Tags:  assets  lending  loan  small business loansmall business 

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Should You Make Your Business an LLC?

Posted By Rhette Baughman, Arizona Small Business Association, Monday, June 16, 2014
Updated: Wednesday, August 13, 2014

If you are launching a new business, you may want to consider forming a separate entity such as a corporation or LLC, to protect your personal financial life.

The legal form of your business brings different tax implications. When forming an LLC, you receive the benefits of creating a separate entity and thus protecting your personal assets.

When it comes to taxes, however, the IRS has no tax return for an LLC per se. You may treat the LLC as a C or S corporation, partnership or sole proprietorship and file accordingly. Your state taxing agency may have a special set of LLC tax forms for your entity to file.

Entity selection is not something to rush into without first consulting a good business attorney and tax professional.

While the internet is a great resource, there are many error-filled websites offering bad advice that can be costly down the road and land you in hot water with the IRS.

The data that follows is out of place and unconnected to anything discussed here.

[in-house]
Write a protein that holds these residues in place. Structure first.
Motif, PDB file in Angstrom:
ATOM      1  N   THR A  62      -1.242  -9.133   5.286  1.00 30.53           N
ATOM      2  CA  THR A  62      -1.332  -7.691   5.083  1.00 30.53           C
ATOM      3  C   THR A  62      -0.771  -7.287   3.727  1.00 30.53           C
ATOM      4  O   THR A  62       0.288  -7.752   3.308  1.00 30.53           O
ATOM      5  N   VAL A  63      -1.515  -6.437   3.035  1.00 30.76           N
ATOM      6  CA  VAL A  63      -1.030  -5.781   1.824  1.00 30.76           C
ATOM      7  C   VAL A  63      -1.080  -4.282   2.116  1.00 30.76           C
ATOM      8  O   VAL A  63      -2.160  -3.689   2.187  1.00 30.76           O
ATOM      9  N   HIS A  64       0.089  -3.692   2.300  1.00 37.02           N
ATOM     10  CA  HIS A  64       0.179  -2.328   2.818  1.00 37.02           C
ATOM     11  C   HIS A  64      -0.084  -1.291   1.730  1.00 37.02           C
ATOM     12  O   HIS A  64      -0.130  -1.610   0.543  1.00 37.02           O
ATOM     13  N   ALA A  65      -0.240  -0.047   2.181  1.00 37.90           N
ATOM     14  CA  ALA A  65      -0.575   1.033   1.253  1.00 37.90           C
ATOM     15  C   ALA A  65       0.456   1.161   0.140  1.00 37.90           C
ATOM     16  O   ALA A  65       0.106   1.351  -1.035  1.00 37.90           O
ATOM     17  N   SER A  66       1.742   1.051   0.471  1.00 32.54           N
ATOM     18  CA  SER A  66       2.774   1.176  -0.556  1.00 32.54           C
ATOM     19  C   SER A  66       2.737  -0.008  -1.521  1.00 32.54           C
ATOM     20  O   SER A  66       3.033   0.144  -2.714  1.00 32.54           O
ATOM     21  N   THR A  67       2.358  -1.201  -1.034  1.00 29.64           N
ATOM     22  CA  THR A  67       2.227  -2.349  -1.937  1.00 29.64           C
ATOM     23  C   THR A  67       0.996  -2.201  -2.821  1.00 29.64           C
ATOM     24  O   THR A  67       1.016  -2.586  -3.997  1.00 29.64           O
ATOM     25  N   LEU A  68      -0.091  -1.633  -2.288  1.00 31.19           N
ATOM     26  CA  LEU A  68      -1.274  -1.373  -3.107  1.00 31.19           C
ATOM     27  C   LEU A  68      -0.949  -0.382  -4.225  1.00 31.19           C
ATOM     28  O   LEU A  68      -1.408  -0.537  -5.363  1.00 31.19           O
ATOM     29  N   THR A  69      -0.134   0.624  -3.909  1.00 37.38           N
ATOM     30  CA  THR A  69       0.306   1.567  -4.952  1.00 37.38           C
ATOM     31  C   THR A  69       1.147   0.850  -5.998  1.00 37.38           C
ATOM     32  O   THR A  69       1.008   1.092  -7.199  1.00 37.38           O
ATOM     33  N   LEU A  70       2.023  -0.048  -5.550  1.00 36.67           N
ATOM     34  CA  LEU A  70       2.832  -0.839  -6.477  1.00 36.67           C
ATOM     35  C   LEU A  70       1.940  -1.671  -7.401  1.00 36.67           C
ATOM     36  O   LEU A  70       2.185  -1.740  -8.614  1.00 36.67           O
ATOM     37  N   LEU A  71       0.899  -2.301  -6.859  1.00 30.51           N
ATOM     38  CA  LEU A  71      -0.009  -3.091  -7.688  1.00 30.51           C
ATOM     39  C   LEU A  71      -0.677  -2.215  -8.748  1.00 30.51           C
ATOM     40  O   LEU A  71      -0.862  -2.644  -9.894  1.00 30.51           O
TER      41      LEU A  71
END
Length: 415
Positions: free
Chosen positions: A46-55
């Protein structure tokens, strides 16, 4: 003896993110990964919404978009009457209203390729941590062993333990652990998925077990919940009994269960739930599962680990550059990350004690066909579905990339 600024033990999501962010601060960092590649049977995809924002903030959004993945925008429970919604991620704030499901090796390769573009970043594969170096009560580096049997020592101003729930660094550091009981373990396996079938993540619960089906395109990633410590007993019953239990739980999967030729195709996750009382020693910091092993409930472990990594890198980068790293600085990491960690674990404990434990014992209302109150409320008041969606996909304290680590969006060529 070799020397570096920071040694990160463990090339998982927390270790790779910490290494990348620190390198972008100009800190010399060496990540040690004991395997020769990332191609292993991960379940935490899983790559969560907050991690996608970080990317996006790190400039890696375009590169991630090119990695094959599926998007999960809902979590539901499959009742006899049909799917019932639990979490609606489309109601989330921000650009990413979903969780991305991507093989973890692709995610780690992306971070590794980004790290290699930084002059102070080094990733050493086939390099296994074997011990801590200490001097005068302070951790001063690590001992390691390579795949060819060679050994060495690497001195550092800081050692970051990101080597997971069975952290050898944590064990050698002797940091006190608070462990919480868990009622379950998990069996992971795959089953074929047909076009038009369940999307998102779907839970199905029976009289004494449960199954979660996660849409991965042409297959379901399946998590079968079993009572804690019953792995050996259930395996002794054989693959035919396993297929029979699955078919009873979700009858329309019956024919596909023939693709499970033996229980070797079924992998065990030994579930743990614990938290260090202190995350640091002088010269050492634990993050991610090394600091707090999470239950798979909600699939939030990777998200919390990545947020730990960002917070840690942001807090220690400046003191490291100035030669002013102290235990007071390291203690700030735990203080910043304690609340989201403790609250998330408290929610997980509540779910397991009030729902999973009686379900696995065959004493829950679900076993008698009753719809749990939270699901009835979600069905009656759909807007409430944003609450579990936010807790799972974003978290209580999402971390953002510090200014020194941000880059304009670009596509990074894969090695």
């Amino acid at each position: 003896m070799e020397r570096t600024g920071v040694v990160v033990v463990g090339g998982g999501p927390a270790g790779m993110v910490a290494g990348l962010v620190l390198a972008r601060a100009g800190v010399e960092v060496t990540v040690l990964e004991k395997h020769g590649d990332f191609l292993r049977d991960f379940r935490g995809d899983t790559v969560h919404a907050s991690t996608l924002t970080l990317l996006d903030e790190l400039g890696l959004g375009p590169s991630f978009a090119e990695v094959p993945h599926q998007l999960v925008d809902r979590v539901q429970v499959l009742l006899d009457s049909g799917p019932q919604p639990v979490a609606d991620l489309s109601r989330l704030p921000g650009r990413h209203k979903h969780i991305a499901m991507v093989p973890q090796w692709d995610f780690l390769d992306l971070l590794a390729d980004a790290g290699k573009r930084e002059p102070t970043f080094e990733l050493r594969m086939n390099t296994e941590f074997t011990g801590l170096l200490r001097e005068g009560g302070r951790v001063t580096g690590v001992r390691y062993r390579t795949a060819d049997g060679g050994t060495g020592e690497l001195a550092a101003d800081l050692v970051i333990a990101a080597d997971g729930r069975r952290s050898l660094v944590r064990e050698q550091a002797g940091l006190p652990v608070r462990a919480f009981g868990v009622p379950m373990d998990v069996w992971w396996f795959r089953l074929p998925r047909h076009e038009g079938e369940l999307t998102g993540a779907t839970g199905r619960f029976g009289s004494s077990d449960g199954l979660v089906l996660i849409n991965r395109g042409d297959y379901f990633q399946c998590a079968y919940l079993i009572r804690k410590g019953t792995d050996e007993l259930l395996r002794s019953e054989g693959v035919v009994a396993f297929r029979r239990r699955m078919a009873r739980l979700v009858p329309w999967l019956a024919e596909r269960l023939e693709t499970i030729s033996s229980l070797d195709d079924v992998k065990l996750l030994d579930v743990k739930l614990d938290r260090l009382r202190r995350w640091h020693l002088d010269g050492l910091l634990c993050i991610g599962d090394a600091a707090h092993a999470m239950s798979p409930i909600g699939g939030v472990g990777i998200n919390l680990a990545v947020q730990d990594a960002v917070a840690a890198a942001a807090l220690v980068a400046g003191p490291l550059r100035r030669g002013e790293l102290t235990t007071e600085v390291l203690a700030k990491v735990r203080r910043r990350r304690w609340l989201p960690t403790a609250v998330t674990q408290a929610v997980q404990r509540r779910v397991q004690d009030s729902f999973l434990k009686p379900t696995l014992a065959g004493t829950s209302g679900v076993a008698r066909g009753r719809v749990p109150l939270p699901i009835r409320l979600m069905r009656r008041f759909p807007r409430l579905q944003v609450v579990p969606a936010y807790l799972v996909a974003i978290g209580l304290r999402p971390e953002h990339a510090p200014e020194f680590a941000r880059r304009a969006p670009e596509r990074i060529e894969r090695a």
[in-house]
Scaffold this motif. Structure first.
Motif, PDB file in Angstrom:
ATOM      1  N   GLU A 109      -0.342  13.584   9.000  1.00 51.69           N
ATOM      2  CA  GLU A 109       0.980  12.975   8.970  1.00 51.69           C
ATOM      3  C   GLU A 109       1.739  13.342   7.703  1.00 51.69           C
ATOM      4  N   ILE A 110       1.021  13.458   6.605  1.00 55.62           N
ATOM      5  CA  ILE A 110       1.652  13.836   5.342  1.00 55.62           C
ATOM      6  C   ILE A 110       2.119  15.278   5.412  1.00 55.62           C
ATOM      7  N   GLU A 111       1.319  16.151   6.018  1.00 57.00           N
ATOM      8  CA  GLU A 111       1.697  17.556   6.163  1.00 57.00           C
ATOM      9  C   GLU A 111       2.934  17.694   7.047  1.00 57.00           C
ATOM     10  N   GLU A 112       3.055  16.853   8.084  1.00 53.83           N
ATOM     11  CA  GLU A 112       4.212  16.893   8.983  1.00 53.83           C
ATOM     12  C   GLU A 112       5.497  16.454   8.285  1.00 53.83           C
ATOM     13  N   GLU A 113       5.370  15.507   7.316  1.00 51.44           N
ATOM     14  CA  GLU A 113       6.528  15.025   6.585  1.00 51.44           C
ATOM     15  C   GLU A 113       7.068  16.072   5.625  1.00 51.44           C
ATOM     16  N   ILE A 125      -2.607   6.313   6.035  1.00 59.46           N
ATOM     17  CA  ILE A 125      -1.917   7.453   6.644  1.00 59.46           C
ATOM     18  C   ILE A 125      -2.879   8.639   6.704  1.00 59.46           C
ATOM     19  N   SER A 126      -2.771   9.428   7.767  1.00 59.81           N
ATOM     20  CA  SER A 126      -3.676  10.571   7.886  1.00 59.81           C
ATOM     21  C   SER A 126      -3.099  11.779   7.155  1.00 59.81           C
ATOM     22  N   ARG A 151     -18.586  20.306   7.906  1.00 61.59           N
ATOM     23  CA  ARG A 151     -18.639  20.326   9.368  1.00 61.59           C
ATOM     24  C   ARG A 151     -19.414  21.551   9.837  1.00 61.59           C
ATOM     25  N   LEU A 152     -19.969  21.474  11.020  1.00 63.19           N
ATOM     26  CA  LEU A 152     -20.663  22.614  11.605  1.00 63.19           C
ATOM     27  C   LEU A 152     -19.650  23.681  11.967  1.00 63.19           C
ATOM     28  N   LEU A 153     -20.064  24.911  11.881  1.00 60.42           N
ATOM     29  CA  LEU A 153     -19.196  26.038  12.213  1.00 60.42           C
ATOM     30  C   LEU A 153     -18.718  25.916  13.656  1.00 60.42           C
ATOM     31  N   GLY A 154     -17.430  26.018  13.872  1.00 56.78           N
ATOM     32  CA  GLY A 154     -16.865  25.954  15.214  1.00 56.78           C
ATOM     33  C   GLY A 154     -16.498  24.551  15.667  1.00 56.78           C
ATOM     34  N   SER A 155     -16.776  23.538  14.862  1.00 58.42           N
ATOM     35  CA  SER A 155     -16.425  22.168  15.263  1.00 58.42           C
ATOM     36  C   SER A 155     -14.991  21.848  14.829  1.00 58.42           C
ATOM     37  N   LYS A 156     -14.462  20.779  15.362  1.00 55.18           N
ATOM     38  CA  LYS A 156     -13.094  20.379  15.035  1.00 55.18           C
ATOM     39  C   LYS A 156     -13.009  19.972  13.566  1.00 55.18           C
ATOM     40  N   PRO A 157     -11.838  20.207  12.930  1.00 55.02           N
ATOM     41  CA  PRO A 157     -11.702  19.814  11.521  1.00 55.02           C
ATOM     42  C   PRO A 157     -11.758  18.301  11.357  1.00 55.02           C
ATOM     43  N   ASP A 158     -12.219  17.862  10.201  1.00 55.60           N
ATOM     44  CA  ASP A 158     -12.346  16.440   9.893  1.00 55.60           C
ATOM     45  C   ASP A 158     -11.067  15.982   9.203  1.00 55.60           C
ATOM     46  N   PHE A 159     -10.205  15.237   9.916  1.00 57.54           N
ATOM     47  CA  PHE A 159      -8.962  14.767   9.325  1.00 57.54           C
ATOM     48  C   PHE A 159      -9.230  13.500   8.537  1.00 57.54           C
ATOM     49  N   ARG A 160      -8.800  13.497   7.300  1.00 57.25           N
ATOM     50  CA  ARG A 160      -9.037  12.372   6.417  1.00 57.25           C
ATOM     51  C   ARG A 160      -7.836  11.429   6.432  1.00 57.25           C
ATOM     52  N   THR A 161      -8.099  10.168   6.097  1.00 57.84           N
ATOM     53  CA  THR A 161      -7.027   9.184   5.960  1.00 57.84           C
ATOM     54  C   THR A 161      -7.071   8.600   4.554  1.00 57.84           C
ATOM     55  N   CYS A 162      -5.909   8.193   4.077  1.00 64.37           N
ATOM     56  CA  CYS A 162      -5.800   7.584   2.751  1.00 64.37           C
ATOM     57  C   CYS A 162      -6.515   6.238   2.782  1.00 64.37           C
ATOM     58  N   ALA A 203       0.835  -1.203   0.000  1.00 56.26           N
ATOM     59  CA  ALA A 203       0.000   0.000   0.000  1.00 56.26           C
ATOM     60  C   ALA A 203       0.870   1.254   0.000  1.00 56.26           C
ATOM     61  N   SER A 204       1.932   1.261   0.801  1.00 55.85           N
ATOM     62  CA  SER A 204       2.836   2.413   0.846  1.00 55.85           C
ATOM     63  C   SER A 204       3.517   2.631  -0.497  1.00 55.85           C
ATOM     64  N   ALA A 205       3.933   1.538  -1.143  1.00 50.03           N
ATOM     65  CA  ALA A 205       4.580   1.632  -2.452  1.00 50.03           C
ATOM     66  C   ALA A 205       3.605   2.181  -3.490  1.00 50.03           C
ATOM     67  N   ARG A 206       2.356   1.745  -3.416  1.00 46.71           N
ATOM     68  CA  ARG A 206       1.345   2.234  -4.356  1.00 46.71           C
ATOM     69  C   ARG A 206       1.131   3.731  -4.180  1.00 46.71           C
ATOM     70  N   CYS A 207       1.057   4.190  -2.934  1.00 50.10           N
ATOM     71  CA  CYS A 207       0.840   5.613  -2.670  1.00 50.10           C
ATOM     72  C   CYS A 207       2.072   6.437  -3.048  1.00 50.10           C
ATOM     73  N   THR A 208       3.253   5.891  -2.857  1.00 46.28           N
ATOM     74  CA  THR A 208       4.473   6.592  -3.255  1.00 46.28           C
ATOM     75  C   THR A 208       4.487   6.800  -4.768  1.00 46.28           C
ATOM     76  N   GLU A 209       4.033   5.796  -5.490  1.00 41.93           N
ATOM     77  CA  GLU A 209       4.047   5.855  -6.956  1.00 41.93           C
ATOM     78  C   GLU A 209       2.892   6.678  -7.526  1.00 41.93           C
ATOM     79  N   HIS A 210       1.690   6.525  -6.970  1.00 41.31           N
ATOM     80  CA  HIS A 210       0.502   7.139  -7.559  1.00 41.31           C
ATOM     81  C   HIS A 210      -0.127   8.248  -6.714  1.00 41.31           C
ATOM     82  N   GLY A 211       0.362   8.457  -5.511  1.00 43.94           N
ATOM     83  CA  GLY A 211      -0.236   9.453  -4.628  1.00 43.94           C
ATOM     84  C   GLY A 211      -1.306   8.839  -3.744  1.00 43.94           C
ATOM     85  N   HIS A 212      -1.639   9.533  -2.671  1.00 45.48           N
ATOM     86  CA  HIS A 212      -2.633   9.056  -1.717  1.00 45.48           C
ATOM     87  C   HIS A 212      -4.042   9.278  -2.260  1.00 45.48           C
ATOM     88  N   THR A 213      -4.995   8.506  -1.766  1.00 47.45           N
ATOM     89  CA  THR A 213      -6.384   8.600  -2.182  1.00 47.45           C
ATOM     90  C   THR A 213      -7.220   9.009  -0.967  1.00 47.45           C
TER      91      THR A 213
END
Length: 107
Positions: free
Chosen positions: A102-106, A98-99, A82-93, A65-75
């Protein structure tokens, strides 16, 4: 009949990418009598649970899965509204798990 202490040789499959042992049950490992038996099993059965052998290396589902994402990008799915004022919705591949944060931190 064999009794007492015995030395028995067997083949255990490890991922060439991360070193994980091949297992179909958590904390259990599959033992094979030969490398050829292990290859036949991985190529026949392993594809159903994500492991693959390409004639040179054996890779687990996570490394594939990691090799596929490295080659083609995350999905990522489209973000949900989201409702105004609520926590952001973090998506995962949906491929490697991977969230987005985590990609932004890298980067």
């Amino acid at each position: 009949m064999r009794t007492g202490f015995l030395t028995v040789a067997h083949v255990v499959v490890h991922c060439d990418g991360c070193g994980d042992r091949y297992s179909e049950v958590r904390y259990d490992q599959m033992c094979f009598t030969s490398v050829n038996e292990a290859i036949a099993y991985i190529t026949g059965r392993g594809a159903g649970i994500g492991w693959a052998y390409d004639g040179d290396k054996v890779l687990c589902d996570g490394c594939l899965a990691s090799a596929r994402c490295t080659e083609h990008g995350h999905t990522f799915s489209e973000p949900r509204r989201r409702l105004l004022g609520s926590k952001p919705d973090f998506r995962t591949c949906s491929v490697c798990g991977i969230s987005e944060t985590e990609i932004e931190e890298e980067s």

There are many things to consider when choosing a business entity. First of all, if you have no assets to protect and a good insurance policy, you may be fine operating as a sole proprietor. But this is something that must be discussed with an attorney to protect your personal finances.

Your company’s success and reputation does not hinge on how it’s classified, and employee benefits are deductible by all business entities. However, the only way to ensure the deductibility of benefits paid to an owner/shareholder is to incorporate as a C corporation. An LLC can elect to be treated as a C Corporation for tax purposes and therefore enjoy this benefit.

Another benefit of becoming an LLC is that you free yourself from personal liability for corporate debt. However, in the real world, lenders seek personal guarantees for corporate debt.

When setting up a separate entity, one must consider the cost. There will be a separate charge for income tax preparation, usually a minimum state franchise tax and filing fees upon formation.
Currently Illinois charges $500 to form a LLC, the highest filing fees in the nation. Eliot Richardson, founder of The Small Business Advocacy Council (SBAC), has been working to pass legislation in Illinois to lower LLC Fees from $500 to $39 and for series LLCs from $750 to $59. The filing fee for a corporate structure in Illinois is only $150 by comparison.

Richardson testified at a hearing last Wednesday in Springfield, IL with disappointing results. The bill had already passed through the senate but the house stalled on reducing the filing fee. No further hearings are planned.

Richardson stated in his testimony, “Some business owners may elect corporate status simply because the fee is lower, when really their best choice is the LLC structure."

Originally published at FOX Small Business. Written by Bonnie Lee.
Photo Credit: The Waving Cat via PhotoPin CC

Tags:  assets  c corp  LLC  s corp  small biz  small business  starting business  startup  tax  taxes  tips